Most of our life is spent playing social games and past times, being polite, not hurting others’ feelings. In the group there’s an opportunity to “come on straight.” To be yourself, to let submerged parts of yourself come to the surface, to discard the masks and shields of everyday life.

People generally communicate much more than the bare intellectual content of what they say. In the group it’s possible to listen to the “music” instead of just the “words”-and to become aware of the subtle but powerful messages being transmitted by facial expressions, posture, tone of voice, gestures, etc.

What often blocks people from being close is the fear of being pushed around by other people’s feelings, demands, and expectations. When they begin to get close, they get tangles up on the feeling level. In the group, there’s a chance to learn how to disentangle the problems that arise in relationships so that people can be close and still retain their freedom, autonomy, and self-assertiveness.

Most of us rely on only one or two fixed relationship types when encountering others. The group is kind of laboratory, where all kinds of experiments can be tried out, where new ways of relating and communicating can be risk, where a certain percentage of failures can be accepted, as with any experimental situation.

This list of opportunities is not meant to be complete. As the group progresses, you may see new possibilities and new learning goals which you may set for yourself. Your group leader can offer more specific suggestions upon request.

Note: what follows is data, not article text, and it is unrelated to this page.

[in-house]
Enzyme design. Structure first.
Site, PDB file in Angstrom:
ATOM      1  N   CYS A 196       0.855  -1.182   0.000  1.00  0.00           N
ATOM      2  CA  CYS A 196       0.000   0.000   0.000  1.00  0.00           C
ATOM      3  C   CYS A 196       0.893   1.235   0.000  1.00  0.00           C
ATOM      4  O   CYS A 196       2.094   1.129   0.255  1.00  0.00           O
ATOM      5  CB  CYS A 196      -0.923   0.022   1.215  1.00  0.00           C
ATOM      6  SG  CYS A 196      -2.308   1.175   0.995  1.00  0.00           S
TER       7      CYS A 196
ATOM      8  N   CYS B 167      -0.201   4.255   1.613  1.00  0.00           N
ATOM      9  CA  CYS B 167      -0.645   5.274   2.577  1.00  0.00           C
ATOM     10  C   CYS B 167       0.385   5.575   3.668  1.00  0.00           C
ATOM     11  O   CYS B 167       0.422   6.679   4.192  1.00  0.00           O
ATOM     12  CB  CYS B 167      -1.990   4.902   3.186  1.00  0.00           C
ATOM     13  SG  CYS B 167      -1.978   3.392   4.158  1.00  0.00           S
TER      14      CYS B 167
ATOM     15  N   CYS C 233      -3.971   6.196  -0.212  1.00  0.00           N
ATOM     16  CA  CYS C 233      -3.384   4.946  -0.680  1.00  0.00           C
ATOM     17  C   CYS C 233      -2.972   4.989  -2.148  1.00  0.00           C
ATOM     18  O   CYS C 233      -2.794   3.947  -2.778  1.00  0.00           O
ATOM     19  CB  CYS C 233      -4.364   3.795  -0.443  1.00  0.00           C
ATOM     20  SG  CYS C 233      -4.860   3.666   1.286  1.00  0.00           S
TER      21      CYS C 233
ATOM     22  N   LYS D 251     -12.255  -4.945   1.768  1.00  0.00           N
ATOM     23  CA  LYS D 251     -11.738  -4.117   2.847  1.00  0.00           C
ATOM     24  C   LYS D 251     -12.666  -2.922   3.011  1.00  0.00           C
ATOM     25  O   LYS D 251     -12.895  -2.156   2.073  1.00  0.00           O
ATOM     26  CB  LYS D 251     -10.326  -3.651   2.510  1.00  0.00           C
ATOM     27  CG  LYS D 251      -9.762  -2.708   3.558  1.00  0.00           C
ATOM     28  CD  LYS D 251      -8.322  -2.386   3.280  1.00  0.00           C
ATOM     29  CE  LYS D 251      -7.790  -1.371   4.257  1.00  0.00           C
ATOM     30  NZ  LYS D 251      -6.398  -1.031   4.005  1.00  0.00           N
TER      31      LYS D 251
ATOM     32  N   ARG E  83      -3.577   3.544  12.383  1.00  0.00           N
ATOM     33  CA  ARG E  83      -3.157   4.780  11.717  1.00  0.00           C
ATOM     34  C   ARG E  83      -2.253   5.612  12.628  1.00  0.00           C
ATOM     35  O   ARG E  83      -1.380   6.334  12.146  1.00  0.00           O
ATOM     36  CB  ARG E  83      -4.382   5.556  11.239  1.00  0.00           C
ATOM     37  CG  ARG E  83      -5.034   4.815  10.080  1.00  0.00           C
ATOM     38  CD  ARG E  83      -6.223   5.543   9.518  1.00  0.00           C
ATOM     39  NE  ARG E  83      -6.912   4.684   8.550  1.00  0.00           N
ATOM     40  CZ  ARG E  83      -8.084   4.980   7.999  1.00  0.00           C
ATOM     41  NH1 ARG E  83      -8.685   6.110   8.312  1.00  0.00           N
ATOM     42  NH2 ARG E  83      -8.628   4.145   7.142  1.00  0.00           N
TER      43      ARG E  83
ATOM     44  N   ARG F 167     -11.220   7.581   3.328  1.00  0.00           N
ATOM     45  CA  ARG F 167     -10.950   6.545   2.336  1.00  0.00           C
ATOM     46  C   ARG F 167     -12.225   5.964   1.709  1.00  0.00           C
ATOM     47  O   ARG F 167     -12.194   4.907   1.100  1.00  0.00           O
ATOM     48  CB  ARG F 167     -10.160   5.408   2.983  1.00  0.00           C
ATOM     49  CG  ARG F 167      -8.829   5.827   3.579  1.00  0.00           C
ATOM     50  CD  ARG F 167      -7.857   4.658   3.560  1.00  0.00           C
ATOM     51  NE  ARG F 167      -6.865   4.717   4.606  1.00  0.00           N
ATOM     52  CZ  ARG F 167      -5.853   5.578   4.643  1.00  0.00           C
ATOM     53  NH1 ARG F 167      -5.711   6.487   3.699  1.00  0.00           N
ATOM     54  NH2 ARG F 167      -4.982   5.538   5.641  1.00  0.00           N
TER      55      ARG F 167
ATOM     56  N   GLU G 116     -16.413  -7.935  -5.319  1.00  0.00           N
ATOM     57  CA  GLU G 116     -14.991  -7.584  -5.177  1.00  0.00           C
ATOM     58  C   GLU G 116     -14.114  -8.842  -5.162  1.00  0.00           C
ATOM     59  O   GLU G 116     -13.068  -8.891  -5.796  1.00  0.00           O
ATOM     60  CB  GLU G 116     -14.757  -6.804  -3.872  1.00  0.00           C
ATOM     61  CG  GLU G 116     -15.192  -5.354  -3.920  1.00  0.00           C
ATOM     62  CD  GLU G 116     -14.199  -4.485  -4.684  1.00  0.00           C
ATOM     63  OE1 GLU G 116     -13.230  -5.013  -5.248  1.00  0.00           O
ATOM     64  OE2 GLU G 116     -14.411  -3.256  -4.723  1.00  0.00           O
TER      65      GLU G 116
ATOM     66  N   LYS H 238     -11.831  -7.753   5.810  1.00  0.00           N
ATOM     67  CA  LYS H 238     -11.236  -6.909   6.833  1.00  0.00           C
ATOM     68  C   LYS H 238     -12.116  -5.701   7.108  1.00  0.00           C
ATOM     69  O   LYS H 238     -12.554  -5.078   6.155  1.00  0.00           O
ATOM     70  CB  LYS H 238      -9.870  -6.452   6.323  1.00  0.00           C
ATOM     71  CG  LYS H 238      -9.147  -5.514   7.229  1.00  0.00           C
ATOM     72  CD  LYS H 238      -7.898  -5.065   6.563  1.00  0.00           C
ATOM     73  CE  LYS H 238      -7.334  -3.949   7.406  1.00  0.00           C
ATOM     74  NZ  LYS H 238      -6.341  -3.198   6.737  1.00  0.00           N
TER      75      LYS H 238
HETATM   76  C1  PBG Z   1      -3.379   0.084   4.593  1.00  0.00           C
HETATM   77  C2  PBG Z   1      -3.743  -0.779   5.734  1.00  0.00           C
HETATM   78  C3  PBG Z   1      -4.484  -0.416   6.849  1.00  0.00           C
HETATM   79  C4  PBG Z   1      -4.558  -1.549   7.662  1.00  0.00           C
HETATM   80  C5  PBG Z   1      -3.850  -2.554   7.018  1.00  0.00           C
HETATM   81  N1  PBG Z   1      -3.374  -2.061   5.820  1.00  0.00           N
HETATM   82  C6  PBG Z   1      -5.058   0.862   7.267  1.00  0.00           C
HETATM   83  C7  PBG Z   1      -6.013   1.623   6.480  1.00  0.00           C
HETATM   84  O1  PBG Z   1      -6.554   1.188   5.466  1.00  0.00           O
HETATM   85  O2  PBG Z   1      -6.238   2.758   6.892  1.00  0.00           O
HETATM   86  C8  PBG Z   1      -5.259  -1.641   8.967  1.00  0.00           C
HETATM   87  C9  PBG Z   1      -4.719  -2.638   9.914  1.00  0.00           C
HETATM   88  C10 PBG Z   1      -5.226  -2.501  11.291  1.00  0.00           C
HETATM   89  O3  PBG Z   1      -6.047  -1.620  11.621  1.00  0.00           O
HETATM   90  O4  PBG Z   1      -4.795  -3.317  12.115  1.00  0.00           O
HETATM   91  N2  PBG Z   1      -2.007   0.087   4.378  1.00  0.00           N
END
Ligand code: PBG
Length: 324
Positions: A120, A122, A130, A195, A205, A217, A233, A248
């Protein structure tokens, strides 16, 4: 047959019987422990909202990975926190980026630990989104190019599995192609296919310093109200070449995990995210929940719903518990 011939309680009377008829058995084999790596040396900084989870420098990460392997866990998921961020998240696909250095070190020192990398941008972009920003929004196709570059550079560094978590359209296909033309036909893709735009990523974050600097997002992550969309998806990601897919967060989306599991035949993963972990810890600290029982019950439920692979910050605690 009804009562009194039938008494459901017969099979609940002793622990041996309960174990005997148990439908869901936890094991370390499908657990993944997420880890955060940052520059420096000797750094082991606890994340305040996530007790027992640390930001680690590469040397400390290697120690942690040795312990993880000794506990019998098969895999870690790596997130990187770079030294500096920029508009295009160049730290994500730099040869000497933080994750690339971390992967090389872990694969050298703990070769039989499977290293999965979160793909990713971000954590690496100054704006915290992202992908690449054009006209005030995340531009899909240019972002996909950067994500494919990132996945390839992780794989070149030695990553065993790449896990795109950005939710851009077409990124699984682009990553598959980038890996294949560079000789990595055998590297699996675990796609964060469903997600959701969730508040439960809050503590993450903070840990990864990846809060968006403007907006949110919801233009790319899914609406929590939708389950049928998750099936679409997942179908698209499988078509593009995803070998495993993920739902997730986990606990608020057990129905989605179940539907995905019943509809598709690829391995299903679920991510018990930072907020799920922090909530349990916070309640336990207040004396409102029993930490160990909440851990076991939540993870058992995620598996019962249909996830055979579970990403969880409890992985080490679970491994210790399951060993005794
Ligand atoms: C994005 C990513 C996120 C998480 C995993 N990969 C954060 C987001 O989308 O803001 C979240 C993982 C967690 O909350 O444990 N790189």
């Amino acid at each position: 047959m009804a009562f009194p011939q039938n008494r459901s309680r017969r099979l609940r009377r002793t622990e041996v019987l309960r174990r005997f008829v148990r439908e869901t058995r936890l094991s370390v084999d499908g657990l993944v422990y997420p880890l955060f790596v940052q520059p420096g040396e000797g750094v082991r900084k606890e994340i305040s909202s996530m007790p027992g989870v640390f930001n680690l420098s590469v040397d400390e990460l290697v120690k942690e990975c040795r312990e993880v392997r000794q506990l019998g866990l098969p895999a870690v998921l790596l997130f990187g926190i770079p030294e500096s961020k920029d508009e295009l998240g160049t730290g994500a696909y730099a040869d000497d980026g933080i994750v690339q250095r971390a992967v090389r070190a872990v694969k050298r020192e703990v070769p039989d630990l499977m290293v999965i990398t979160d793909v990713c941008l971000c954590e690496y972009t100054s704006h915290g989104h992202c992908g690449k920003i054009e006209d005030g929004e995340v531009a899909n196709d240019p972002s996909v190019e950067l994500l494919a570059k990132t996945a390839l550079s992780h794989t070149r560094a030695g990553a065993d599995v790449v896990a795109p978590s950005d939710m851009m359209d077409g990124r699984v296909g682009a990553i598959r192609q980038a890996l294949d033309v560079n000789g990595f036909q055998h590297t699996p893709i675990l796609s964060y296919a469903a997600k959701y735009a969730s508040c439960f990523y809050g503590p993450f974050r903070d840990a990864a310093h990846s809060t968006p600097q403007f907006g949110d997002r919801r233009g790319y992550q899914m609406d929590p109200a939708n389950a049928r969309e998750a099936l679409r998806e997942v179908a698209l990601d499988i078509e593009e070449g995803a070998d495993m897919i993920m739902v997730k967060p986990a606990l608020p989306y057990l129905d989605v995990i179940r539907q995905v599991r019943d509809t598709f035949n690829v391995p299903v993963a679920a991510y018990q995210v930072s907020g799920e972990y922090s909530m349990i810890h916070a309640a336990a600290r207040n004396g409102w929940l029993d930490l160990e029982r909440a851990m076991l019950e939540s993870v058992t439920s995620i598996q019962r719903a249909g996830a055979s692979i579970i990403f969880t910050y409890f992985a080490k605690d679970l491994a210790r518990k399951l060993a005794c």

The Group As a Laboratory

If you relate to people by: You might experiment with:
Complying, giving in, being self-effacing.
Resisting suggestions; holding back.
Always talking; filling any silence with words because you feel uncomfortable.
Waiting for someone to say something, then reacting.
Always smiling, even when annoyed or angry.
Trying to get people to stop feeling a certain way.
Being polite; not showing anger or judgment.
Expressing anger easily.
Deflecting praise.
Feeling bored but being too polite to say anything about it.
When attacked, defending yourself.
Being afraid-and hiding your fear.
Always complimenting others.
Trying to get everybody to approve of you.
Giving advice.
Always helping other people.
Controlling your feelings and suppressing them.
Keeping things a secret.
Playing it safe.
Saying no.


Taking a risk; trying something new.
Being silent for a few minutes; getting in touch with uncomfortable feelings; talking about those feelings.
Initiating something yourself, for someone else to react to.
Talking without smiling.
Simply responding with what you feel (e.g. I have an impulse to explain).
Simply accepting the way they feel; at the same time exploring your own impulses and feelings.
Being judgmental and angry, frankly and outrageously.
Checking to see what feelings are underneath the anger.
Accepting praise and agreeing enthusiastically with it.
Talking about your feelings of boredom.
Not saying anything in rebuttal-but exploring the feelings you have.
Being openly afraid; letting everyone know it.
Telling others exactly how you feel about them.
Being what you are and not caring what others think.
Reporting, “I feel like giving you advice”-but not doing it.
Asking for help; letting yourself be helped.
Experiencing your feelings and exploring them.
Disclosing something about yourself that’s hard to say.
Taking a few risks.

In trying these experiments, the important thing is to do something that feels difficult. Old, familiar ways of behaving will probably not result in productive experiments. Moreover, a new behavior may seem difficult at first, but with practice, it gets easier. Then the new behavior may be added to your repertoire-your total range of options and it’s available whenever you need it.